Food giant Kraft has been accused of breaking a promise to keep open a Cadbury factory after union officials said its closure was going ahead with the loss of up to 400 jobs.
The US firm said last week it would keep open the Somerdale plant in Somerset, which Cadbury’s had planned to close in the spring and switch production of chocolates to Poland.
Unite said it believed auditors were planning to announce moves to mothball the plant in the next few days, dashing workers’ hopes that their jobs could be saved.
“It looks like the first promise to be broken by Kraft,” said a Unite official. “We are calling on the government to intervene.”
Business Secretary Lord Mandelson met Kraft chief executive Irene Rosenfeld after the takeover was sealed last week but failed to win a specific commitment on jobs.
Cadbury announced in 2007 that it planned to close Somerdale and transfer the work done there to Poland with the loss of about 500 jobs.
About 100 workers have already been made redundant but Kraft’s ownership had offered hope that the remaining jobs could be saved.
Hundreds of Cadbury workers staged a noisy protest in Westminster last week to protest at the takeover and call on the Government to do more to protect their jobs.
No one was available for comment from Kraft.
The Somerdale plant is located in Keynsham near Bristol and Bath, and was originally built by the Fry family.
After the First World War, Cadbury Brothers merged with Fry & Sons, which was completed in 1919, leading to the relocation of production from sites in Bristol.
The transfer of production was completed in 1935, and at its height the Somerdale workforce was more than 5,000. It had its own power station and railway, with connection to the Great Western Railway via sidings at Keynsham railway station.
The factory was built with social facilities, including playing fields and a large recreational sports grounds, which still serve Keynsham.
Products manufactured at Somerdale include Fry’s Chocolate Cream, the Double Decker, Dairy Milk, Chocolate Buttons, Creme Eggs and Mini Eggs, Cadbury’s Fudge, Chomp and the Crunchie.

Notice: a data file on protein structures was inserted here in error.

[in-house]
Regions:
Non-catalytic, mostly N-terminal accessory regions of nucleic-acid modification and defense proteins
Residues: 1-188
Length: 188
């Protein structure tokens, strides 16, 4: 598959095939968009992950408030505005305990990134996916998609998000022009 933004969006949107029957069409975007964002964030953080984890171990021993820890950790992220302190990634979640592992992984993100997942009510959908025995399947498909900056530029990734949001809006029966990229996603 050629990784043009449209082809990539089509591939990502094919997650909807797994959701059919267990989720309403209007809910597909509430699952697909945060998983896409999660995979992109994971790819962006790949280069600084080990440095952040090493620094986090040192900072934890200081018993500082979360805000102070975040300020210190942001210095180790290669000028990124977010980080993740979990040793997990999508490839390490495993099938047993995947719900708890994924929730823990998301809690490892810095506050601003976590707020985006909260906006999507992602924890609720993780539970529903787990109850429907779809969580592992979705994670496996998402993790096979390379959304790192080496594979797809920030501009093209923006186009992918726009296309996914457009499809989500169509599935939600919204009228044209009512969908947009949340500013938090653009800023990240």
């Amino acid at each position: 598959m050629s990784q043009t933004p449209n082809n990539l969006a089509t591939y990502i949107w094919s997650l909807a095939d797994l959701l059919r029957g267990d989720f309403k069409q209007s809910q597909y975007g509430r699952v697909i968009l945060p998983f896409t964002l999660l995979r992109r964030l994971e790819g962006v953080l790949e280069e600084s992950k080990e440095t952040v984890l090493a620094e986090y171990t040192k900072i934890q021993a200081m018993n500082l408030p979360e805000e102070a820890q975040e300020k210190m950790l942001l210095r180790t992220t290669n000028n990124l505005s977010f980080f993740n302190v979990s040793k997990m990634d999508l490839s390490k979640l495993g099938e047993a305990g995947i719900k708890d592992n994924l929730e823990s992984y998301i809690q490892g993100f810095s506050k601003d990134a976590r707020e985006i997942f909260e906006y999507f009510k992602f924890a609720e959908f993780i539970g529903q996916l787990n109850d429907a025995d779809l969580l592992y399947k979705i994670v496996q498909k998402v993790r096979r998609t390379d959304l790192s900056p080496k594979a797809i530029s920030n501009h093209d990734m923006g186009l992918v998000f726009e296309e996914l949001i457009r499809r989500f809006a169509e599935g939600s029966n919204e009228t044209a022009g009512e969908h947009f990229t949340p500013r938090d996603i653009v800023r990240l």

Unite urged Kraft to “come clean” on its plans for the entire Cadbury workforce, saying it had repeatedly questioned the firm’s commitments for the future of Somerdale.
Rumours were circulating that auditors were to begin moth-balling the plant barely a week after Cadbury changed hands, said the union.
National officer Jennie Formby said: “The ink is barely dry on the takeover and a promise made to the Cadbury workers has been broken. If the rumours now circulating are to be believed, Somerdale looks set to be the first casualty of Kraft’s ownership.
“Understandably, the Somerdale workers are starting to get very distressed by this mounting uncertainty. They have been on a rollercoaster of emotions since the shock of closure announcement over two years ago so when Kraft made repeated promises to save their plant they were thrilled. Now despondency and anger are setting in.
“Promises were made to the Somerdale workers which it seems Kraft had no intention of fulfilling, and which appear now to have been a cynical attempt to curry favour with the British public during what was an extremely unwelcome and unpopular takeover.
“This is not just a tragedy for this workforce but is also sending a very worrying message to the rest of the Cadbury workforce.”
Jack Dromey, Unite’s deputy general secretary, said that the Government must now step in to ensure Kraft ended the “chronic uncertainty” besetting the workforce.
“While Irene Rosenfeld may be talking to ministers and the media, no one is talking to Cadbury’s workers. Only last week, Lord Mandelson was pushing Kraft for assurances on jobs and investment but promises of a bright future are already being broken. The longer Kraft avoid dealing with the workers’ union, the more workers will suspect that cuts are coming. The Government should now act.”